After our successful run of “I would” in June, we’re moving our operation upstairs at St. Mark’s Church in-the-Bowery for the next installment of TILT, presented in association with Incubator Arts Project in its New Performance Series.
"Construct" imagines the brain of our protagonist as a living pinball machine. Featuring live music by Lynn Wright, and a set designed by visual artist Stephanie Beck and carpenter Chimmy Gunn that grows to entangle the performers, “Construct” evokes the confusion of perspectives that reside inside a man’s head, as illustrated by Don Quixote.
"Construct" includes musicians Eric Eble, Paul Wallfisch, Paul Watson, and Lynn Wright, and performers Rachel Cohen, Warren Craft, Alisa Fendley, and Masumi Kishimoto; lighting design by Jon Harper; and costumes by Olek.
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A lot of what And the Wiremen play is southwestern gothic, all eerie desert atmospherics and images of death and disillusion, but they put their own spin on the style, sometimes minimalist, sometimes thrashing it a little. They’re sort of a darker, more raw, masculine counterpart to Las Rubias del Norte… like Tom Waits without the cliches. Honest artistry, plain and simple. CLICK TITLE FOR FULL REVIEW.
Curated by THE DELANCEY 2 for 1 Well Drinks FREE SHOW !! 8PM - 1AM
…8:30PM BRASS BATS W/ PETE SIMONELLI, FRED WRIGHT, PAUL”WATTY” WATSON Brass Bats are a collaborative and improvisational trio whose members include Paul “Watty’ Watson (Sparklehorse, And The Wiremen) on cornet & trumpet, Fred Wright (Nervous Cabaret) on treated cornet and Pete Simonelli (Enablers) on vocals. Simonelli by turns recites, shouts, bellows, and half-sings poems through the intricate sounds and noise of Wright and Watson.
9:15PM DANIELLE DE PICCIOTTO Danielle de Picciotto will be reading from her book, “The Beauty of Transgression” at Small Beast on Monday, August 8. The Beauty of Transgression is Danielle de Picciotto’s memoir of Berlin. The book brings together her accounts of musicians, fashion designers, and club owners as well as other artists and their milieus with unique first-hand descriptions of milestone places and events. It is not only a fascinating collection of stories about key individuals, but also gives an authentic and detailed overview of why Berlin has become one of the most appealing metropolises for creatives from around the world. To underline the Berlin atmosphere she is portraying film clips and photographs will be projected during the reading and her husband Alexander Hacke of the legendary German Band Einstürzende Neubauten will present electronic soundscapes in between the chapters.
10PM THE DUST FIVE FLASH w/LAURA ORTMAN and DANA SCHECHTER Brooklyn’s Laura Ortman plays violin, electric guitar, piano, the Apache violin, pedal steel guitar and sings. In addition to playing with Family Dynamics (w/ members of Stars Like Fleas) and collaborating with visual artists, she also has completed two solo albums both recorded by Martin Bisi. She is White Mountain Apache and works as a hairstylist at NYC’s Fringe Salon.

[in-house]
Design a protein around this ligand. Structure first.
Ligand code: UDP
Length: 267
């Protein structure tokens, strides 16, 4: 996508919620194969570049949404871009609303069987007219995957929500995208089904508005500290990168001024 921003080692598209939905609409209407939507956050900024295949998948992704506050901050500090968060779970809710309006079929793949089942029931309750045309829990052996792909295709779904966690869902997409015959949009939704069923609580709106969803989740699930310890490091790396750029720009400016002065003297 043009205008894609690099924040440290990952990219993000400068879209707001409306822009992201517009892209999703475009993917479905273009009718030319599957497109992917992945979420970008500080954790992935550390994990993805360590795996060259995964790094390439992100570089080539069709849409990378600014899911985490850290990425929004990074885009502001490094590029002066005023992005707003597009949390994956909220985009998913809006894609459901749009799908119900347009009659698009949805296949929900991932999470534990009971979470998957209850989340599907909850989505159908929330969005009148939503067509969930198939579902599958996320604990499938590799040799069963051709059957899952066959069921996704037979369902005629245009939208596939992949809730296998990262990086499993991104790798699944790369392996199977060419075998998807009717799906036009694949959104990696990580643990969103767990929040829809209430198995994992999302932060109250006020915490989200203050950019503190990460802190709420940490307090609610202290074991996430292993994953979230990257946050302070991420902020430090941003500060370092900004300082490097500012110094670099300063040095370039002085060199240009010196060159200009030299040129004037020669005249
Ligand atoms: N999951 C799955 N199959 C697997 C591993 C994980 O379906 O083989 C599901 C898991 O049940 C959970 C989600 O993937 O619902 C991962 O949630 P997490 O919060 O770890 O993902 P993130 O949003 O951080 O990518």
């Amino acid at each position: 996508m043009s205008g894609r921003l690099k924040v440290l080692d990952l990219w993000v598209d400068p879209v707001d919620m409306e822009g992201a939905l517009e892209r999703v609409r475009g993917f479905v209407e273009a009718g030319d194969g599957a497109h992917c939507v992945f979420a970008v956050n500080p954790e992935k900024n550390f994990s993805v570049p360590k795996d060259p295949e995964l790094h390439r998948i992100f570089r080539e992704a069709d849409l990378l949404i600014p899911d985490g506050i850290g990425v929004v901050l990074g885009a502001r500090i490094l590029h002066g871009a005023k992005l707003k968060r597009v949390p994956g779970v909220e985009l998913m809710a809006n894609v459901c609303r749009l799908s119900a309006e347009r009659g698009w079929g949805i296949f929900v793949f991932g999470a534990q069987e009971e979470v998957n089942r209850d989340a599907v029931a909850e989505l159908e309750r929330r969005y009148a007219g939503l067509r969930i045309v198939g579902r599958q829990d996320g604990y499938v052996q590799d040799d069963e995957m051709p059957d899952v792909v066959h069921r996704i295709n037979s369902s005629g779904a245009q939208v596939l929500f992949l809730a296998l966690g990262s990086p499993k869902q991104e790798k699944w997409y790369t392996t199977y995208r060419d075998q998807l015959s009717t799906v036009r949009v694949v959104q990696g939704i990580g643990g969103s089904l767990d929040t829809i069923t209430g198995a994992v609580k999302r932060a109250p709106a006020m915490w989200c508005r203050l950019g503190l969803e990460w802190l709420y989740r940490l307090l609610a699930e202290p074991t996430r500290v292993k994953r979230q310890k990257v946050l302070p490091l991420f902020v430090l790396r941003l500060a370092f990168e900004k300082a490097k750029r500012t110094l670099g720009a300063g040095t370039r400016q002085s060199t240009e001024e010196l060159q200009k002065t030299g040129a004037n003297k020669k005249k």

10:45PM AND THE WIREMEN And The Wiremen is a Brooklyn-based ensemble led by songwriter and multi-instrumentalist, Lynn Wright. As the primary songwriter and lyricist, he specifically works and collaborates with core members Paul Watson (Sparklehorse) on trumpet, Tony Maimone (Pere Ubu) on bass, and longtime partner-in-crime, Jon Petrow (Cloudroom) on guitar (with whom Wright also shares time in another laudable Brooklyn-based outfit, Bee and Flower). The experience, ingenuity, and craft this collection of musicians brings to the table is further enhanced by their collective willingness to defy genre. They are improvisatory, whimsical, and pleasurably good at leaving a listener playing a song-to-song guessing game. At times heavily Latin-influenced—- with strokes of Cumbia and an underpinning of Columbian and Brazilian percussion—- these songs comfortably move into jazz, avant-pop, or blues—- sometimes within the same number—- despite a deceptive minimalist approach to song structures. Lyrically, Wright is cogent, funny, and literate; a virtuoso, really. He has a knack for catchy one-liners (hardly throw-away’s) and passages that sound indebted to some wily trident of Faulkner, South American Surrealism and Film Noir—- aspects which combine to push both the music and Wright’s smooth, cool-as-a-cucumber delivery into the lofty realms of fable.
By Subway: Take the J.M or Z train to the Essex Street stop or the F train to Delancey Street stop. Please refer to www.hopstop.com for more details. By Car: From Brooklyn, take the first right off of the Williamsburg Bridge onto Clinton Street